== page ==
After a record number of deals completed in 2021, insurance brokerage mergers and acquisitions fell by 42% to 369 in the first nine months of this year, according to a report by Reagan Consulting released Monday.
Highly leveraged buyers have reduced their M&A activity as interest rates continue to rise, but the decline was largely due to the record level of activity last year, when 977 deals were completed, the Atlanta-based M&A consultant said.
Private equity-backed brokers continued to account for more than half of reported M&A transactions in the first three quarters of this year.
As the cost of debt increases with every interest rate increase, the percentage of acquisitions closed by private equity could decline, the report said.
“Public brokers, privately held firms with minority capital and low-levered private equity-backed brokers are well-positioned to grab market share,” Reagan said.
Interest rates increased to 3.08% as of Nov. 14 from 0.08% at the end of 2021.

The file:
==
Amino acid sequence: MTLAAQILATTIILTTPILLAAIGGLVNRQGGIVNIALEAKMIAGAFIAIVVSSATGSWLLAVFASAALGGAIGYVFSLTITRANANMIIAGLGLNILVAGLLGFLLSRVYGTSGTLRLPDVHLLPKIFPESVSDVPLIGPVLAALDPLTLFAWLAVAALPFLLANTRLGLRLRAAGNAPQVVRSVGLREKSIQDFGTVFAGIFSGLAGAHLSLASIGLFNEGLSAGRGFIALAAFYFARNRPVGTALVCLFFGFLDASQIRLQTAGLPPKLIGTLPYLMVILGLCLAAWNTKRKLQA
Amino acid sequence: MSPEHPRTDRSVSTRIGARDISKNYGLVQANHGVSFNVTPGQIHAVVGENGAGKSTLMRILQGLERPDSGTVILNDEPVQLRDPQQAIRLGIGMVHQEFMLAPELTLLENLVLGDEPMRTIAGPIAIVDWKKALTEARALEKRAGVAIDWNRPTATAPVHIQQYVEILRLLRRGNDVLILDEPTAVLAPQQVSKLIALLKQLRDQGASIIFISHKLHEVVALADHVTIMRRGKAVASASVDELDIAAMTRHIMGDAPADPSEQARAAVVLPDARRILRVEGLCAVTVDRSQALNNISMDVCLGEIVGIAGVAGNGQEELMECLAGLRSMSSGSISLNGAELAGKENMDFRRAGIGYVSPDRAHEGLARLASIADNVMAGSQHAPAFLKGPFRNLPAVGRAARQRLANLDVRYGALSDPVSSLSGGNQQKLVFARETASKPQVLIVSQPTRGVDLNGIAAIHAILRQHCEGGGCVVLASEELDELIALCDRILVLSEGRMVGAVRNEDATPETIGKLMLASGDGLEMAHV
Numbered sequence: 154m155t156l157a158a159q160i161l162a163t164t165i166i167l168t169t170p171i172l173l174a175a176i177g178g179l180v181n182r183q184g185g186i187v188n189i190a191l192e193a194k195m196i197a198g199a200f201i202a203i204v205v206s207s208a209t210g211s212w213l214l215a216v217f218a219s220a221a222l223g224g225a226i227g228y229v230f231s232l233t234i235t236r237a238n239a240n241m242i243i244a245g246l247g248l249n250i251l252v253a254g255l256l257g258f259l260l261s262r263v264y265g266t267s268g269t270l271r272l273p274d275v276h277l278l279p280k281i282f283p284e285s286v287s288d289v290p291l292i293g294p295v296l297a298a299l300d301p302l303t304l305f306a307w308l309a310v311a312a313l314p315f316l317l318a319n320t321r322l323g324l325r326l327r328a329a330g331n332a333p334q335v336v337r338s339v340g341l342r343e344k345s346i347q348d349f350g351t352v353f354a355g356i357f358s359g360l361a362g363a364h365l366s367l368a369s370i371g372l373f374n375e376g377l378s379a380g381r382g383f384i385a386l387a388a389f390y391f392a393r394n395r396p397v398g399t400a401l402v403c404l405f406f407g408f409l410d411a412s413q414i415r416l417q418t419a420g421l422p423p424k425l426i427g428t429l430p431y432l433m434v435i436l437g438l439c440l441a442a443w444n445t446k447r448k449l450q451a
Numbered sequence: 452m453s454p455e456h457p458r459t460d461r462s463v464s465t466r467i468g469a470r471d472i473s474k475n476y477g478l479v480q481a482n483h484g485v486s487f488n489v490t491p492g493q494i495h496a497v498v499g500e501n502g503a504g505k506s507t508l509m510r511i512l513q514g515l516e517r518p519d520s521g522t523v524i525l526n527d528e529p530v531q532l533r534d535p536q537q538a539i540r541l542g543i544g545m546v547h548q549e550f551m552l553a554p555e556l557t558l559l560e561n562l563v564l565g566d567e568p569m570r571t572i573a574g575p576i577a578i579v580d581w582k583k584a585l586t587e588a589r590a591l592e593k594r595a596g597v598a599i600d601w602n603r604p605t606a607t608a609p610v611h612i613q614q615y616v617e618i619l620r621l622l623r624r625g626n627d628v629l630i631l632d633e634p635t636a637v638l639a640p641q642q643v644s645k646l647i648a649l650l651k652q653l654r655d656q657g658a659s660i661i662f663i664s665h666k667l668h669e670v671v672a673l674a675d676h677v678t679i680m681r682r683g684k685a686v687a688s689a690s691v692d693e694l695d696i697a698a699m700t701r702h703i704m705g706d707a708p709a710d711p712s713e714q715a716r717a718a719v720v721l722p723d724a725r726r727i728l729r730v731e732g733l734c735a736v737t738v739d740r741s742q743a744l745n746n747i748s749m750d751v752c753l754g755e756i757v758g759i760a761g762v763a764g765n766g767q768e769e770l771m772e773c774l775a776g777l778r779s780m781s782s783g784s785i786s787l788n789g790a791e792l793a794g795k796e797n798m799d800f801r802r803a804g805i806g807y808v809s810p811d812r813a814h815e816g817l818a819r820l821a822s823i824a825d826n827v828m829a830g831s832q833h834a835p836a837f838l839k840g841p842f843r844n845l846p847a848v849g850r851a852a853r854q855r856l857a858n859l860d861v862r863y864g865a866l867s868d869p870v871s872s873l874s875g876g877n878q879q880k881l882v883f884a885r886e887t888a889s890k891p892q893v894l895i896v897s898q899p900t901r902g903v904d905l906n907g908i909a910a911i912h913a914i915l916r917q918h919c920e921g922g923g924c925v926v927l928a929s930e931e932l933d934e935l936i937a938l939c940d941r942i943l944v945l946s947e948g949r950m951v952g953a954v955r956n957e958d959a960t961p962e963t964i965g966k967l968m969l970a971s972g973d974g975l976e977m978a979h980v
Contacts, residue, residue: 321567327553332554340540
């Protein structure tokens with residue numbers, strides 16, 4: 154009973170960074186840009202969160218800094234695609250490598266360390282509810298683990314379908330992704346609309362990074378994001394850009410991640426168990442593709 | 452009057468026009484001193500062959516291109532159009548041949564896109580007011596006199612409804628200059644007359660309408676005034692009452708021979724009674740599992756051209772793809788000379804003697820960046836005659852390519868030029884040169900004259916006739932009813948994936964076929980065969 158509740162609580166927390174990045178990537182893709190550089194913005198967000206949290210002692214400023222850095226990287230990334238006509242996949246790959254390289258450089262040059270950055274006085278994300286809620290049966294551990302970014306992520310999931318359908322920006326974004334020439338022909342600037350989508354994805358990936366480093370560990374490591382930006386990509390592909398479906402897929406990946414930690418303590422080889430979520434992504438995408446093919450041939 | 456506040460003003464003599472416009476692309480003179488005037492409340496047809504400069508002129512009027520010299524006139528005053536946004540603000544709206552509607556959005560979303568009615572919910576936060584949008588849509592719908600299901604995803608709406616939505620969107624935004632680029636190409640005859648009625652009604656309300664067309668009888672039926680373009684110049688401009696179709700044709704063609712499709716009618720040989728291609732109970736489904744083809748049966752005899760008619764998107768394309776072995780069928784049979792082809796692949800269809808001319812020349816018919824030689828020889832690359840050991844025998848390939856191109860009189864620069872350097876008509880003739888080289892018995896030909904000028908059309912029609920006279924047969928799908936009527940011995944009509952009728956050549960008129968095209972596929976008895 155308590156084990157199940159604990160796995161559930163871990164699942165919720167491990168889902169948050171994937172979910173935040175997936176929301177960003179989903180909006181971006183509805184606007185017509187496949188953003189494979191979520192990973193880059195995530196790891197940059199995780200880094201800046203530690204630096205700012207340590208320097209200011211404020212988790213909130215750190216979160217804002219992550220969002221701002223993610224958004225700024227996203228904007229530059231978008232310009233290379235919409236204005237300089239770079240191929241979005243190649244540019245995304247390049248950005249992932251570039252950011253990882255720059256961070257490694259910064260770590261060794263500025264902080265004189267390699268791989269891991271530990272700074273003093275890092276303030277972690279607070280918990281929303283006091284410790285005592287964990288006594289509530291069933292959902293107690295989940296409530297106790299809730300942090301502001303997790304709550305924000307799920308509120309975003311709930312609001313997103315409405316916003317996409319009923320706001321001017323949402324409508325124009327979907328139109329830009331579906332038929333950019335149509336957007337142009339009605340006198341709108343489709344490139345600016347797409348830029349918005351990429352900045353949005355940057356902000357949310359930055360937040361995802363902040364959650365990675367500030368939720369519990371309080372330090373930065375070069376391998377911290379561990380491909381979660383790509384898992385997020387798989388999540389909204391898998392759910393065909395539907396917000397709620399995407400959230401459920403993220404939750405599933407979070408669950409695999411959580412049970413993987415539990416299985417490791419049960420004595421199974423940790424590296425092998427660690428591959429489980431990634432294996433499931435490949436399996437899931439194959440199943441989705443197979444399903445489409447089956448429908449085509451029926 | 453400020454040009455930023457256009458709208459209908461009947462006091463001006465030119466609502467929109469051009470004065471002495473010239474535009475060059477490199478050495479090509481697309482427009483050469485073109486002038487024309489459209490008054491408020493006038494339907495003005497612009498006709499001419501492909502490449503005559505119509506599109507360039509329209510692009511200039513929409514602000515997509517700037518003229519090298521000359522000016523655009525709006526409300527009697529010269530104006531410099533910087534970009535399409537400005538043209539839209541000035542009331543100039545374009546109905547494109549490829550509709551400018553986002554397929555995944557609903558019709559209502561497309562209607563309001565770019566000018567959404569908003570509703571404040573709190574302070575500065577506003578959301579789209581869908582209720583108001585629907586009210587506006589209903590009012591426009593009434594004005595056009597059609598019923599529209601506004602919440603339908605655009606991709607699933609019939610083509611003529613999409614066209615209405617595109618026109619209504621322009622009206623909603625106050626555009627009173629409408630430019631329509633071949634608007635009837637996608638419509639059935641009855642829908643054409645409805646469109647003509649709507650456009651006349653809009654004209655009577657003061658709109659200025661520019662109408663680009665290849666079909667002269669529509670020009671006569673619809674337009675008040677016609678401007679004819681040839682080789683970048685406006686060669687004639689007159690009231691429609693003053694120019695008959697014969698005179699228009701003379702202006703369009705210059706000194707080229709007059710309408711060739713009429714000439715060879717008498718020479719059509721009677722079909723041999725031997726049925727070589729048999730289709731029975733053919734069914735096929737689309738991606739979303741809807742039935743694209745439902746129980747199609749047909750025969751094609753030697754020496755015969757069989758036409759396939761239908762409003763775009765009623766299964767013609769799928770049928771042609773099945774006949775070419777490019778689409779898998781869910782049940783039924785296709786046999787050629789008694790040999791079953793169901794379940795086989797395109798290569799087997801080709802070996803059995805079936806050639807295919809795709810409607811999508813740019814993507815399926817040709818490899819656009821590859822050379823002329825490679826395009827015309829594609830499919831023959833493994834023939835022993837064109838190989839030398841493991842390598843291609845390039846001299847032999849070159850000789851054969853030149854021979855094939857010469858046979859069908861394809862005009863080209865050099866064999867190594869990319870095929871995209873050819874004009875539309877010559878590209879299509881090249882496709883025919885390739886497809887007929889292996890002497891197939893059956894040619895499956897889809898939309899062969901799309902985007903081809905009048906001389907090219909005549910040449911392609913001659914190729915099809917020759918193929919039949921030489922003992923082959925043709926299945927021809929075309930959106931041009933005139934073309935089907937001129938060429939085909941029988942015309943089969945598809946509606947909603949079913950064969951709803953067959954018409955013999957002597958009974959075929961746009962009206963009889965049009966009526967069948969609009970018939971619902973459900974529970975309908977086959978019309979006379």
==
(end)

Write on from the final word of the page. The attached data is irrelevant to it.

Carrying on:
Despite economic headwinds, rising inflation and interest rates, valuations of privately held brokers are holding at all-time highs due to strong buyer demand, according to the report.
The average brokerage M&A valuation in the second quarter was 12.5 times earnings before interest, taxes, depreciation and amortization for a well-run brokerage with $3 million to $5 million in revenue, with a further three times EBITDA available through an earn out based on future performance.
Agents and brokers posted organic growth of 9.5% in the third quarter – the second-highest reported growth rate since the survey was launched in 2008 but a 70 basis-point decline from the second quarter.
Commercial lines posted its highest third quarter organic rate on record at 11.8%, double the pace of personal lines and group benefits, Reagan said.